PHILADELPHIA – As thousands of people cheered her on and waved signs bearing her name, Hillary Clinton accepted her historic presidential nomination Thursday night at the Democratic National Convention, becoming the first female nominee of a major political party in the United States.
For women who have spent years in the public eye, the moment was the biggest step yet on a path they too helped pave.
"We are firsts. We know that," PBS NewsHour anchor Gwen Ifill said at a Bloomberg Politics panel on Thursday prior to Clinton's speech. ''After a while that gets tiresome because you're just doing your job. The fact that I'm here, a little girl sitting at home thinks, 'I can do that.'"
Joining Ifill on the panel was Pennsylvania delegate and former U.S. Rep. Marjorie Margolies — who also happens to be Chelsea Clinton's mother-in law and a longtime family friend.
"It's lovely to realize that if Hillary wins, [her granddaughter Charlotte] will grow up thinking that a woman, even a grandmom, can be president," Margolies said.
Margolies said that when she was in office in the 1990s, it was harder to enter the political arena than it is now.
"The juggle was challenging," Margolies said. "It's changed considerably. Women are much more comfortable getting into it."
She attributes the change to a few female standard bearers, especially those from California.
Sens. Dianne Feinstein and Barbara Boxer started their terms just before Margolies and are now two of the most senior senators. Since Boxer is not running for re-election, California Attorney General Kamala Harris and Rep. Loretta Sánchez are currently campaigning for her seat.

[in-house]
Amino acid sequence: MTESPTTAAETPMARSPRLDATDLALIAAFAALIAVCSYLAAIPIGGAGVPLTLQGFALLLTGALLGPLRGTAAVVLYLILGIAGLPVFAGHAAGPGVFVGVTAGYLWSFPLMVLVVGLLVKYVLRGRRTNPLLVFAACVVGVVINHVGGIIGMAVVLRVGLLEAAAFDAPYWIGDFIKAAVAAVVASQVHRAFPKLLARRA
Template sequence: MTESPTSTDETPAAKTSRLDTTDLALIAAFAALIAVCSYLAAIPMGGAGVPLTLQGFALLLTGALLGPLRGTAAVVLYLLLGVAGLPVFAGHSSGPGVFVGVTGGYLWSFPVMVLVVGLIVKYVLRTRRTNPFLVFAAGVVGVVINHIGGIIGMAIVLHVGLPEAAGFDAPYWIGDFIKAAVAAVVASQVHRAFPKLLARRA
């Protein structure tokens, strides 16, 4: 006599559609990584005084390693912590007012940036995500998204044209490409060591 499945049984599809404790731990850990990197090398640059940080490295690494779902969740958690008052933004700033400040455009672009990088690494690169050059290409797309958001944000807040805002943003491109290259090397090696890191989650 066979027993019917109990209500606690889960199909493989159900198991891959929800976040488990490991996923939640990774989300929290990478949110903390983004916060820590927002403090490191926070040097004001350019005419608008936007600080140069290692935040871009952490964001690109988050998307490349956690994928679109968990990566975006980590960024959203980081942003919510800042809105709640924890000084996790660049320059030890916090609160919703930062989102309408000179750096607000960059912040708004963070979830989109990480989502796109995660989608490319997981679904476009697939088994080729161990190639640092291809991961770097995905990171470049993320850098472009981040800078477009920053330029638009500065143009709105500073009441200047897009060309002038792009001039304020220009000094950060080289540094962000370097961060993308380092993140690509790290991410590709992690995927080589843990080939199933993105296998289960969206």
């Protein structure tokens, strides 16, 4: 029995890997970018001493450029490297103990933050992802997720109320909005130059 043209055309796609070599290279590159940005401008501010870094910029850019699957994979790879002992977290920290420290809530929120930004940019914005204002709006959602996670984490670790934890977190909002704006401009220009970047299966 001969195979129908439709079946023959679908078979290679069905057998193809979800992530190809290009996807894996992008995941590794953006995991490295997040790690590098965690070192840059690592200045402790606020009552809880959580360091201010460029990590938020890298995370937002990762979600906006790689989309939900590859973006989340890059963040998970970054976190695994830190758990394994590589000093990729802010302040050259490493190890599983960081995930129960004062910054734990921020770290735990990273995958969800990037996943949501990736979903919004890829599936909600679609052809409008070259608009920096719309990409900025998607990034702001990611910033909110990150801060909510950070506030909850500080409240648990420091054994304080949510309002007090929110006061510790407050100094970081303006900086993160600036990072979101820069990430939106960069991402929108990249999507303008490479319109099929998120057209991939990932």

Rep. Nancy Pelosi made history as the first female U.S. house speaker and is currently the house minority leader. There are 15 other female Democrats representing California in the House.
"When women succeed, America succeeds," Pelosi said at Monday's California delegation breakfast.
But for many young people, Clinton's historical moment is less significant than it is for their parents.
"Our daughters don't see things the way we do," Ifill said. "They don't feel obligated to embrace the history maker of Hillary Clinton."
Former New Jersey Gov. Christine Todd Whitman, who was also on the Bloomberg panel, reaffirmed Ifill's sentiments, saying the generations prioritize differently.
"They just kind of take it for granted," Whitman said.
Even with Clinton's glass-ceiling-shattering accomplishment, Margolies still thinks improvement can be made, noting that constituents hold women politicians to higher standards than their male counterparts.
"They expect more," she said. "I don't think the country's ready for two women on the [presidential] ticket."